Setting up Deep Learning environment on Centos 7: Nvidia CUDA, Anaconda, iPython, Keras, Theano and Tensorflow
The following is detailed, tested sequence of steps to setup universal deep learning environment on a minimal install of Centos 7. While Ubuntu is a bit more documented platform – Centos 7 has it’s own advantages and I wanted to target this specific version. My main reason is that Splunk is more suitable to run on Centos / RedHat and I want to make sure to have instructions that support abilities to apply deep learning in this environment.
That took me about a week to figure out and polish this sequence. This setup is somewhat caters to Jeremy Howard’s Deep Learning course, however it enables to setup frustration-free, universal environment suitable for other variations of practical deep learning.
You start with totally blank, minimal install of Centos 7 on a deciated server and end up with:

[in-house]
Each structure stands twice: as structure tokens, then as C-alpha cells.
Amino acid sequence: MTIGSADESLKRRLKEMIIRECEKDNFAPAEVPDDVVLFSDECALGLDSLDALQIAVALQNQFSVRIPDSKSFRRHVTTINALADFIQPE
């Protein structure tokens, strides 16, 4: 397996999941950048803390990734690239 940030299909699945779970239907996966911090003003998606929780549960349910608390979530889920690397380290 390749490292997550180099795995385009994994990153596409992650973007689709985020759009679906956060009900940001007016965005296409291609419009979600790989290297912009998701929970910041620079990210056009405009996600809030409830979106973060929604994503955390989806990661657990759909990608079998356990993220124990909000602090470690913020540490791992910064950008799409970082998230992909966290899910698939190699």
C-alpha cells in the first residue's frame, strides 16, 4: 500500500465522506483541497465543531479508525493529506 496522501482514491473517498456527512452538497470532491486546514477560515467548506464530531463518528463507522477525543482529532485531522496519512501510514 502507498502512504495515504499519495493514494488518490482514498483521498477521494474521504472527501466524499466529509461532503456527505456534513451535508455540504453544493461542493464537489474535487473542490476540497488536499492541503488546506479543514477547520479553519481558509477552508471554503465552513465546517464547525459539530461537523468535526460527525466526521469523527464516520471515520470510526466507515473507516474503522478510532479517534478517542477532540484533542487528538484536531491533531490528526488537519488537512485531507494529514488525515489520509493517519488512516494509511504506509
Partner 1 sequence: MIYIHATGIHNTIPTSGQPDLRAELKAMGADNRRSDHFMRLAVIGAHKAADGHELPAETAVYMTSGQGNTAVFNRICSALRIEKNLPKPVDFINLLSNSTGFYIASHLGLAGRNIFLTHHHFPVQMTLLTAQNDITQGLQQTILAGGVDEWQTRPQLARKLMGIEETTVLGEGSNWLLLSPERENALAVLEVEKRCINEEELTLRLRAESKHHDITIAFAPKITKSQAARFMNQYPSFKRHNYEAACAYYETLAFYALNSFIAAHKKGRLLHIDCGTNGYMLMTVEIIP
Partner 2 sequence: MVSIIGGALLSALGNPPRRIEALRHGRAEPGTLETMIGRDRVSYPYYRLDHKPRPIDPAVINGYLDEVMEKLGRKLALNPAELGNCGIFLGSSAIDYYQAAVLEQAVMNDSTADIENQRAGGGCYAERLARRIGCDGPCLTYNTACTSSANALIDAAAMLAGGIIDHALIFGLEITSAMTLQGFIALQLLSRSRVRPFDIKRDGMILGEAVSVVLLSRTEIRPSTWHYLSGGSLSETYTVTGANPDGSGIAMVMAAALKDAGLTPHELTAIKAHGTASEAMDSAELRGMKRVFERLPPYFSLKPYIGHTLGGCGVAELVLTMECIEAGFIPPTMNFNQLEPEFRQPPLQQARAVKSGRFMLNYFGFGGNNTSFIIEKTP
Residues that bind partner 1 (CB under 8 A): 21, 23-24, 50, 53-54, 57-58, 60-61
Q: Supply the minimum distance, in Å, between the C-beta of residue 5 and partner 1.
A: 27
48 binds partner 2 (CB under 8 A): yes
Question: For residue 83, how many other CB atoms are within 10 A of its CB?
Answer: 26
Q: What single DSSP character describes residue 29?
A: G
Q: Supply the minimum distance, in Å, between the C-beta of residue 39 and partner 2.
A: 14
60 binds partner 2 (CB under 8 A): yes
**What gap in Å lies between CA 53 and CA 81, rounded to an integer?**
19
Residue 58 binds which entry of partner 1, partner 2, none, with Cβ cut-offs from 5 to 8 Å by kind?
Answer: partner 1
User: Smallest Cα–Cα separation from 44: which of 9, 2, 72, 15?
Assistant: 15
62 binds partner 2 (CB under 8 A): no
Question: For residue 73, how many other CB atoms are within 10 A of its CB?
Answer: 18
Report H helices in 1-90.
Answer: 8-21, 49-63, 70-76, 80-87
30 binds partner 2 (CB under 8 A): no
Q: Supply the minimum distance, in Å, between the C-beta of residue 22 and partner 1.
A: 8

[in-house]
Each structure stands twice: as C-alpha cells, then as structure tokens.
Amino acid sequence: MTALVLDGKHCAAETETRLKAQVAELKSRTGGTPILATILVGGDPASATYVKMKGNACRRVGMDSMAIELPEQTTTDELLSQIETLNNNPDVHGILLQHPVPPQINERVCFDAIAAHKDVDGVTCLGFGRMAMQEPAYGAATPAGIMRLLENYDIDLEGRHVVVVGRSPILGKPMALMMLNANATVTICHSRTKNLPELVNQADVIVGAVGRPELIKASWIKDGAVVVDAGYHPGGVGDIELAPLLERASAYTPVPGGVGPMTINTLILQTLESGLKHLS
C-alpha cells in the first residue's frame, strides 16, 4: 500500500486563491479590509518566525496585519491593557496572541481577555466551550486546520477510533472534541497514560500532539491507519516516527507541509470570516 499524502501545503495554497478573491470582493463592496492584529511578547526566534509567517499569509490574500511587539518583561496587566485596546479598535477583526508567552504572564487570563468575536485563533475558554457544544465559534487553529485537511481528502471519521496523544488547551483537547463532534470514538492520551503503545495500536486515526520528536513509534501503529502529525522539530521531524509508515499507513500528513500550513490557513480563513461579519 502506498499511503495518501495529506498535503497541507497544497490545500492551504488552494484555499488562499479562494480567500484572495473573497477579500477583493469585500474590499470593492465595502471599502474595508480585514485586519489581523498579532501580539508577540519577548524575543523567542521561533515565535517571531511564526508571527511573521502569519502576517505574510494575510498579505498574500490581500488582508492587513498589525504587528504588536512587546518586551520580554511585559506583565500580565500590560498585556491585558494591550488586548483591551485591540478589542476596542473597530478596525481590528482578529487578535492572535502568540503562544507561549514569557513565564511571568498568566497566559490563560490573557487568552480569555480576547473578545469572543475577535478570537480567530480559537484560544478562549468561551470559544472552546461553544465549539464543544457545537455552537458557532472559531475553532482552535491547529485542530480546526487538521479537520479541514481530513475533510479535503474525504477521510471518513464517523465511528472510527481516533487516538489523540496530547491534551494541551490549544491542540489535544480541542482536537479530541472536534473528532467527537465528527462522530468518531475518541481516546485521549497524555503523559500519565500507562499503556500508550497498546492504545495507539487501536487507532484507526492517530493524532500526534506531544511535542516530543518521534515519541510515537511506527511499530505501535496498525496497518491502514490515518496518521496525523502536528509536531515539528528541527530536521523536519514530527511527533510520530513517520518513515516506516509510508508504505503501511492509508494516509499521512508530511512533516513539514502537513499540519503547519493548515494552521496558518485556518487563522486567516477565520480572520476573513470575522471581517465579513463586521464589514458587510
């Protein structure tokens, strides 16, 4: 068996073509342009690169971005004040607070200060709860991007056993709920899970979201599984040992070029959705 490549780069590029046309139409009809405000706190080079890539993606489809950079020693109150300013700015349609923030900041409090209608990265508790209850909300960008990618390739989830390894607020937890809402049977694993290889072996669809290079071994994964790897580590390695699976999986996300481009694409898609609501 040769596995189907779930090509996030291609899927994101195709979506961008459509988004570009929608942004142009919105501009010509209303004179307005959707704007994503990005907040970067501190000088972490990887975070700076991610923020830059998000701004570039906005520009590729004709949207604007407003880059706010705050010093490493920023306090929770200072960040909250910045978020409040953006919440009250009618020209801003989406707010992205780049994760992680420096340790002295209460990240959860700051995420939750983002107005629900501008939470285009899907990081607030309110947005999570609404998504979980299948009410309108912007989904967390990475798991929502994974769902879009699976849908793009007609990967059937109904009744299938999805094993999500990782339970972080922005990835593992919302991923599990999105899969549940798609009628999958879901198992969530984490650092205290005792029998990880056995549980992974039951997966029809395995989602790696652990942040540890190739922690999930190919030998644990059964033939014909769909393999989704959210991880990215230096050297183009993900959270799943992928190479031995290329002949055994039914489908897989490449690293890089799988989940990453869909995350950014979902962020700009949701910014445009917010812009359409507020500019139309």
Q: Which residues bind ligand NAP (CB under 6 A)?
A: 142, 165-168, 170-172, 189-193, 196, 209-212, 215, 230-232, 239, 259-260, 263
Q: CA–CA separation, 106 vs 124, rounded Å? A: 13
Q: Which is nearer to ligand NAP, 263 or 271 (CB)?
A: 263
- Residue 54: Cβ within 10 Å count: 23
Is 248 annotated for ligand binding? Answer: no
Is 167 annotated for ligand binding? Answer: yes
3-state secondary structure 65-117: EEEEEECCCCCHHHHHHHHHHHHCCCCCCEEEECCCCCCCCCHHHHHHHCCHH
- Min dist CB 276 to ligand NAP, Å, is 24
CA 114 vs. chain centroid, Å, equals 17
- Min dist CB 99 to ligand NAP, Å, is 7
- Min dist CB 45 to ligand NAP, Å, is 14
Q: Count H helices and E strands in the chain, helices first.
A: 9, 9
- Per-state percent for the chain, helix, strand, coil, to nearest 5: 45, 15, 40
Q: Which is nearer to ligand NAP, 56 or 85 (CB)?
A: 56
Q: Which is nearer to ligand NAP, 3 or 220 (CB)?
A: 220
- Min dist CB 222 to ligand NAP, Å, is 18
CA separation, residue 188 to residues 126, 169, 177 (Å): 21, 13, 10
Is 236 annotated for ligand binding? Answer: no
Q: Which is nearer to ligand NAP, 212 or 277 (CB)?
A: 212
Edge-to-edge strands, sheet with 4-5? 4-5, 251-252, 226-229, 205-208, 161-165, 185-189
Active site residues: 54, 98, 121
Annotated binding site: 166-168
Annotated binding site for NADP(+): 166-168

Nvidia CUDA* stuff fully installed.
Anaconda, iPython, Keras, Theano and Tensorflow + tons of other data science, math and machine learning software installed.
Both Python 2.x and Python 3.x setup and configured to run simultaneously (on a different ports: Python 2.x version on port 8882, Python 3.x version on port 8883) in a non-conflicting environment.
With my love to Nvidia hardware, Nvidia CUDA installation documentation is full of vague statements lacking clear steps to accomplish the task, and it took me many hours to assemble bits and pieces from all over the web to finally make Nvidia CUDA drivers and software work and operational.
I plan to add more comments and explanations to this section – but here are the step by step instructions to setup deep learning platform on fresh Centos 7 from zero to hero: […]